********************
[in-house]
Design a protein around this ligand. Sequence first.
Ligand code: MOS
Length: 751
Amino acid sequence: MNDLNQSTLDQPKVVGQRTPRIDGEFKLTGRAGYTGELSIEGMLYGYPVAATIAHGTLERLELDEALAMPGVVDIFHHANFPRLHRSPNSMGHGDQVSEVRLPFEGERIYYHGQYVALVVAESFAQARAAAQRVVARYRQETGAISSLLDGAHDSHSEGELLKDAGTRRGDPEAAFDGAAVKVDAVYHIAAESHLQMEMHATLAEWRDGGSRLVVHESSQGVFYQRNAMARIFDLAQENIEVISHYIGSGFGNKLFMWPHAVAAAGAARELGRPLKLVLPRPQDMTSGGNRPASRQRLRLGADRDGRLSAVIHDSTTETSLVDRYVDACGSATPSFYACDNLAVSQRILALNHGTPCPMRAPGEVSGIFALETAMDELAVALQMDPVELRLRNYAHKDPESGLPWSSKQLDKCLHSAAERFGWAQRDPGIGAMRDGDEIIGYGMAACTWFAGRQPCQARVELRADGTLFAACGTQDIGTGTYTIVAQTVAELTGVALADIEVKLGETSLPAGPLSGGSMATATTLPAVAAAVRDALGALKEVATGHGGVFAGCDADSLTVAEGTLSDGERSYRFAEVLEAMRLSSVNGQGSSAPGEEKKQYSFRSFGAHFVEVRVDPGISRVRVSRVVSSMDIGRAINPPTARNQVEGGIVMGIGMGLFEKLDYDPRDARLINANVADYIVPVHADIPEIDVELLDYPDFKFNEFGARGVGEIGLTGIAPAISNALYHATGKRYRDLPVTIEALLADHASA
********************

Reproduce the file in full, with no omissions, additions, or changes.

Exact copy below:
[in-house]
Design a protein around this ligand. Sequence first.
Ligand code: MOS
Length: 751
Amino acid sequence: MNDLNQSTLDQPKVVGQRTPRIDGEFKLTGRAGYTGELSIEGMLYGYPVAATIAHGTLERLELDEALAMPGVVDIFHHANFPRLHRSPNSMGHGDQVSEVRLPFEGERIYYHGQYVALVVAESFAQARAAAQRVVARYRQETGAISSLLDGAHDSHSEGELLKDAGTRRGDPEAAFDGAAVKVDAVYHIAAESHLQMEMHATLAEWRDGGSRLVVHESSQGVFYQRNAMARIFDLAQENIEVISHYIGSGFGNKLFMWPHAVAAAGAARELGRPLKLVLPRPQDMTSGGNRPASRQRLRLGADRDGRLSAVIHDSTTETSLVDRYVDACGSATPSFYACDNLAVSQRILALNHGTPCPMRAPGEVSGIFALETAMDELAVALQMDPVELRLRNYAHKDPESGLPWSSKQLDKCLHSAAERFGWAQRDPGIGAMRDGDEIIGYGMAACTWFAGRQPCQARVELRADGTLFAACGTQDIGTGTYTIVAQTVAELTGVALADIEVKLGETSLPAGPLSGGSMATATTLPAVAAAVRDALGALKEVATGHGGVFAGCDADSLTVAEGTLSDGERSYRFAEVLEAMRLSSVNGQGSSAPGEEKKQYSFRSFGAHFVEVRVDPGISRVRVSRVVSSMDIGRAINPPTARNQVEGGIVMGIGMGLFEKLDYDPRDARLINANVADYIVPVHADIPEIDVELLDYPDFKFNEFGARGVGEIGLTGIAPAISNALYHATGKRYRDLPVTIEALLADHASA